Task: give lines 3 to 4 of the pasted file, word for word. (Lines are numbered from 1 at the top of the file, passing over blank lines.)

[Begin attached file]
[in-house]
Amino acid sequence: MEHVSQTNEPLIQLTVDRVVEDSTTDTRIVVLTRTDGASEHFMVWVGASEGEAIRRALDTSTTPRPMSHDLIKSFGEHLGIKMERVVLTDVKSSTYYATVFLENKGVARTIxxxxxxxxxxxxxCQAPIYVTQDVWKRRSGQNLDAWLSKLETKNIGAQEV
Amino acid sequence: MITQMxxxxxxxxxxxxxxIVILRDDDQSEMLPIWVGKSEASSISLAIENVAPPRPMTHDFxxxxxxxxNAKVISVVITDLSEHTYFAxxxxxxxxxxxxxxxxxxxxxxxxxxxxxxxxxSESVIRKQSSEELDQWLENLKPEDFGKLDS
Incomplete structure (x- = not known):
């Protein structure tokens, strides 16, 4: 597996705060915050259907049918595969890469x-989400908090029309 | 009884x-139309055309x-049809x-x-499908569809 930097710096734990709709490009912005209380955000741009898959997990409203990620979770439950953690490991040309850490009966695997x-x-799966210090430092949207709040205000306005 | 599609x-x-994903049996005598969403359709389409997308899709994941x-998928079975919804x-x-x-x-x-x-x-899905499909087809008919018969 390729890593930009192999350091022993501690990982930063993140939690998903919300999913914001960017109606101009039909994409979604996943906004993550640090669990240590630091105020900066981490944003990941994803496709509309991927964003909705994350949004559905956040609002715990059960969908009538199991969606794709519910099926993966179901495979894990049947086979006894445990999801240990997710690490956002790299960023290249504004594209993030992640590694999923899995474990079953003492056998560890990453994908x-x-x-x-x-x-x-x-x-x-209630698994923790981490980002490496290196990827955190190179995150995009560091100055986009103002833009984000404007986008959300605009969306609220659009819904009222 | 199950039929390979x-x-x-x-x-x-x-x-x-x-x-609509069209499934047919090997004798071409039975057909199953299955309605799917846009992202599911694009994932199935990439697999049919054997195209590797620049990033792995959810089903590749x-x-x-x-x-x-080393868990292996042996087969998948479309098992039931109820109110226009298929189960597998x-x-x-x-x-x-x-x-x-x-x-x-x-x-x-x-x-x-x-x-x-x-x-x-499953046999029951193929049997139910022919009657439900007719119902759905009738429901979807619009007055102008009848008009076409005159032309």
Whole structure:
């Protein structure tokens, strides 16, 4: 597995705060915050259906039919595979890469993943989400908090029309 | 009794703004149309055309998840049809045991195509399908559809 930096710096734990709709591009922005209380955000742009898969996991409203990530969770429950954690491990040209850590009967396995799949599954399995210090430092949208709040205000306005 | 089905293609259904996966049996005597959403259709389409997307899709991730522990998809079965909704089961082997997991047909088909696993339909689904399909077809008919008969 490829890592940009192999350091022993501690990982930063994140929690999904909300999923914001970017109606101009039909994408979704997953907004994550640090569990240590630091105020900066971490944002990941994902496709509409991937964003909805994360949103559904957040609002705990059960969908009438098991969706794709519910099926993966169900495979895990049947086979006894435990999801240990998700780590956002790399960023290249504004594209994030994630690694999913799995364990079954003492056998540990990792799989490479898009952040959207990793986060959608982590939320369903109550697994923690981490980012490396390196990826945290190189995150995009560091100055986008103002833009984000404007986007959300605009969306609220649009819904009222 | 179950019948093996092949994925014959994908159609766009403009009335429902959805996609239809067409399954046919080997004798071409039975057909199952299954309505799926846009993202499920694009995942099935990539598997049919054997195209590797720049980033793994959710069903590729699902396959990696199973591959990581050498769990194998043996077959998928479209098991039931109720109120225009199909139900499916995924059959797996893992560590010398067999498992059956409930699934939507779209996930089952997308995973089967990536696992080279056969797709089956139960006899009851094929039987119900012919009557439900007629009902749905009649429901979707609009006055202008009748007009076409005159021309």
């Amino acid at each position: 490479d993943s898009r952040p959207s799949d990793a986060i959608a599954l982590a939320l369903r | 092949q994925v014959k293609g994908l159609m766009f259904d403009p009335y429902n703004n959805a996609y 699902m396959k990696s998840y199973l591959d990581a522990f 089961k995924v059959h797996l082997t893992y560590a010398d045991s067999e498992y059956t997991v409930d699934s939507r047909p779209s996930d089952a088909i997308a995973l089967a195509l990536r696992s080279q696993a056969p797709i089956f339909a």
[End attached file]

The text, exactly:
Amino acid sequence: MITQMxxxxxxxxxxxxxxIVILRDDDQSEMLPIWVGKSEASSISLAIENVAPPRPMTHDFxxxxxxxxNAKVISVVITDLSEHTYFAxxxxxxxxxxxxxxxxxxxxxxxxxxxxxxxxxSESVIRKQSSEELDQWLENLKPEDFGKLDS
Incomplete structure (x- = not known):